On the whole, boys approach schoolwork differently. They are more performance-oriented. Studying for and taking tests taps into their competitive instincts. For many boys, tests are quests that get their hearts pounding. Doing well on them is a public demonstration of excellence and an occasion for a high-five. In contrast, Kenney-Benson and some fellow academics provide evidence that the stress many girls experience in test situations can artificially lower their performance, giving a false reading of their true abilities. These researchers arrive at the following overarching conclusion: ‘The testing situation may underestimate girls’ abilities, but the classroom may underestimate boys’ abilities.
This too is generally correct. Interestingly, many kids, particularly boys, who are failing in their normal school grades, manage to pass high stakes, mandatory tests. I do not, however, fully agree with the idea that this is so because of a competitive instinct that girl’s lack. Kids are able to focus on tasks of overriding importance. Knowing their ability to graduate from high school depends on passing a test tends to focus one’s attention. Most students do not lack academic ability and intelligence; they lack motivation. When it matters to them, they can perform. When it doesn’t, which usually involves daily assignments, they don’t. Here’s where the article goes off the rails:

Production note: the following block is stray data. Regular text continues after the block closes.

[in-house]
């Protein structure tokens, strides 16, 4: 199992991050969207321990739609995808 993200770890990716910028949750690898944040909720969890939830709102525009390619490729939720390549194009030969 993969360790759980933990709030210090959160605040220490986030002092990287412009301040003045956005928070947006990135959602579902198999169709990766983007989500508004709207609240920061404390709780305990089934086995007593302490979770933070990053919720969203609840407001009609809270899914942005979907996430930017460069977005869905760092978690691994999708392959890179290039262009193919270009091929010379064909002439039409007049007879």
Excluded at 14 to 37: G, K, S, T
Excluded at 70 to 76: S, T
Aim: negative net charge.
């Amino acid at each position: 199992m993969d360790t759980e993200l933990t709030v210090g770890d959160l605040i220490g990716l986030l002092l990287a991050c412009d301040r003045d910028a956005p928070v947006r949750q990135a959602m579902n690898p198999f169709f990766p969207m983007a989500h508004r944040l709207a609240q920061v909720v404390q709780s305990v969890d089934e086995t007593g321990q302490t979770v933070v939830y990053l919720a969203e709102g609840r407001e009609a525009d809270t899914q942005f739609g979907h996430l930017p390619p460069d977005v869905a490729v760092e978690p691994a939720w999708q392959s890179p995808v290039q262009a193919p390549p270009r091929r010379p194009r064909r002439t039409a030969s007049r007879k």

Staff at Ellis Middle School also stopped factoring homework into a kid’s grade. Homework was framed as practice for tests. Incomplete or tardy assignments were noted but didn’t lower a kid’s knowledge grade. The whole enterprise of severely downgrading kids for such transgressions as occasionally being late to class, blurting out answers, doodling instead of taking notes, having a messy backpack, poking the kid in front, or forgetting to have parents sign a permission slip for a class trip, was revamped.
Note that it’s being assumed that teachers factor disciplinary issues into academic grades. Not in competent, professional schools. Such things are strictly separate. If we do not factor in grades for homework or assignments, how is it we have any idea of their knowledge? Here too, is another problem: